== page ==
The Mirror Crack’d

Some years ago I saw a video about the emergence of Greek culture and the talking heads discussed the magnificent achievements of Greek drama.  Before talking about the drama itself, they mentioned the origins of drama, though only very briefly.  After all, Greek drama began in the worship of Dionysius, a confusing and strange subject for modern ears. I found it fascinating to watch the speakers deal with this aspect of Greek civilization.  They hated being on unfamiliar territory — unfamiliar not so much intellectually, that is, but emotionally and experientially.

Briefly,

  • Dionysian worship started with women sneaking off illegally or at least shamefully, for their rites. Dionysius himself occupied, at minimum, the barest fringe of Greek religion.  Some of the commentators latched onto this, for it promised a narrative we could identify with.  “Aha!  A sisterhood of oppressed women!  And observe the vital contribution they made to their society and the world at large, etc.”  But Dionysian rites also involved men, too, so they couldn’t press that narrative too far.
  • The Dionysian rites for women also seemed to involve ecstatic experiences invoking bulls, snakes, wine, and so on. This too got the barest mention, for the “oppressed sisterhood” narrative didn’t really match the fact that Dionysius was a fertility god, and so the women may have been praying and dancing furiously for the chance to have children, a very traditional “role” (ha!) for women to play.
  • To add insult to injury, male Dionysian worship may have invoked blessings to “survive ordeals.”  This got no mention at all.  It appears that these “rebels” danced around madly and got drunk to attempt to fulfill the most prosaic of traditional gender roles of “tough guy,” and “nurturing mother.”  This square peg had no place in their round hole interpretations.

So, after passing over all this in the quickest fashion, finally smiles came to their faces as they talked about the drama itself. Here they felt far more comfortable.  Greek drama “allows for the community to come together and deal with issues of importance,” or something like that.  Ah, yes, the “humanism” of the Greeks.  This we understand, so this they talked about at length.  Gone were any of the religious associations involving Dionysius.  The important thing to us is the emergence of drama, for without the emergence of drama, how could we watch Dumb and Dumber today instantly on Netflix?*  And we very naturally assume that what is important to us must have been of prime importance to the Greeks.  Dionysian worship, then, got relegated to a mere carrying device for what we understand and what we feel is important.  As a friend of mine stated, whenever we use a word to describe an ancient people that they themselves did not use (in this case, the word “humanism”), we will likely reach false conclusions. The talking heads are not unusual. Most of us unfortunately avoid confrontations with the “other.”

I don’t like anything Tennyson wrote (to be fair I’ve read very few of his works), but his poem “The Lady of Shallot” intrigues me in one way.  The Lady in question deals with a curse, and can only look at reflections in a mirror to ascertain reality.  The mirror of course serves as a poor substitute of reality, and later cracks upon her sad and untimely death.

Out flew the web and floated wide-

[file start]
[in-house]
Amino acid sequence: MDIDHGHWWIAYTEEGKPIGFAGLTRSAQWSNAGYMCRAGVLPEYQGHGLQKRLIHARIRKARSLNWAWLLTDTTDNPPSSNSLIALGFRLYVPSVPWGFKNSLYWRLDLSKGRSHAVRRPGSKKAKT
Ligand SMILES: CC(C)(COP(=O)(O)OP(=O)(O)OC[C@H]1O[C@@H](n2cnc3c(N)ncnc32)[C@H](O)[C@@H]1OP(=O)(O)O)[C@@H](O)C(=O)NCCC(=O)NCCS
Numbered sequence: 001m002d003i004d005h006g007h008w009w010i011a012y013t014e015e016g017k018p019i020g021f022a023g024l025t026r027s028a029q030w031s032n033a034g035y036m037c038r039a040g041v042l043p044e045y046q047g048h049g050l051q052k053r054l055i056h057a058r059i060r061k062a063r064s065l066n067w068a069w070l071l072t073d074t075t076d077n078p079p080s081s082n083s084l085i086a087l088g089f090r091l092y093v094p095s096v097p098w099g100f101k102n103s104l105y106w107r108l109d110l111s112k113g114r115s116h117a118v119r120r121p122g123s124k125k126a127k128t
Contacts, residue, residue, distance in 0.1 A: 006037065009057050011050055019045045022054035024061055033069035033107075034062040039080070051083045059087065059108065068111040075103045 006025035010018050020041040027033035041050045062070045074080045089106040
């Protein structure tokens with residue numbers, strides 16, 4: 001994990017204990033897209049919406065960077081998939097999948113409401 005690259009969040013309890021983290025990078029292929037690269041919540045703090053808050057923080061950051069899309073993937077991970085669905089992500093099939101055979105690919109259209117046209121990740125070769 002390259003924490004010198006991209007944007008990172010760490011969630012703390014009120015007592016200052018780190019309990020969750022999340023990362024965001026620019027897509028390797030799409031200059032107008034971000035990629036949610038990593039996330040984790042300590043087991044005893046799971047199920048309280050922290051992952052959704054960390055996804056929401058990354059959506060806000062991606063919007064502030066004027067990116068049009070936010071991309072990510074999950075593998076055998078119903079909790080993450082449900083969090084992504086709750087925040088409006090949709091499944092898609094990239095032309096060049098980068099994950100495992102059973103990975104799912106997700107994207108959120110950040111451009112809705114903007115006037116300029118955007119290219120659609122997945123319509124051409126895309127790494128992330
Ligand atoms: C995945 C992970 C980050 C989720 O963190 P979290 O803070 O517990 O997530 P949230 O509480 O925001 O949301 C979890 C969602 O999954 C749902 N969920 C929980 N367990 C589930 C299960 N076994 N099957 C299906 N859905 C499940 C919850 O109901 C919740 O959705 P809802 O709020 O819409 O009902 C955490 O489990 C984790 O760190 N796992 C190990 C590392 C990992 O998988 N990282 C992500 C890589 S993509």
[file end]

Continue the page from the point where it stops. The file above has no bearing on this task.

The mirror crack’d from side to side;

“The curse is come upon me,” cried

The Lady of Shalott.

Tennyson’s work came from the same spiritual place as the dreaded pre-Raphaelites, whose paintings reveal an intense desire to recover something of antiquity.  And yet the grossly over-dramatized version of the past in their eyes reveals far more about themselves, with their aspirations fit perhaps for the teenage soul more than an adult world (hence L.M. Montgomery has her young Anne of Green Gables grow fascinated with the “Lady of Shallot”).

All of us tend to distort reality to fit our own images of it, but the way the Parthenon has been interpreted over time stands as one of the more curious episodes of this typical human folly.  Joan Breton Connelly chronicles this and gives her own interpretation of the architectural masterpiece in her recent book, The Parthenon Enigma.  The building occupies pride of place in the history of western civilization.  Its marble facade inspired those who saw it to grand notions of ideal beauty.  The building’s perfect proportions inspired noble visions of clarity and a sense of true humanity.  Certain technical achievements of the building are practically unparalleled.

But we made the building in our own image, and Connelly writes to set the record straight.  Ever since the Enlightenment we have seen the Parthenon as reflecting the “humanism” of the Athenians.  We have some justification for this.  If you trace the religion of the Athenians one sees a clear descent from Aeschylus (who takes religion seriously) to Thucydides (who didn’t).  The Athenians elected Pericles to multiple terms of their highest office, and he certainly fits the humanist mold. Observers therefore assumed, as the Parthenon was Pericles’ project that it would reflect his values.  Then again, maybe not.

She has two main arguments, with the first drawn from the he Parthenon friezes, long thought to depict contemporary Athenians mingling with the gods.  Connelly has an ironclad argument that Athens instead hearkens to not to its present but its mythological past.  At Athens’ founding it had a king named Erechtheus, who had three daughters that sacrificed themselves that Athens might survive (images below on a Parthenon frieze).  Athens makes an explicit statement, and explicit prayer of hope, that death might come from life with the Parthenon.

Amidst our wondering at the architectural genius of the building and the democratic (and therefore mostly familiar) practices of the Athenians, we forget that the Parthenon was a temple to Athena.  Excavations show that they built the Parthenon on top of an older temple, so clearly the Parthenon was sacred space, and not merely civic space with a civic purpose.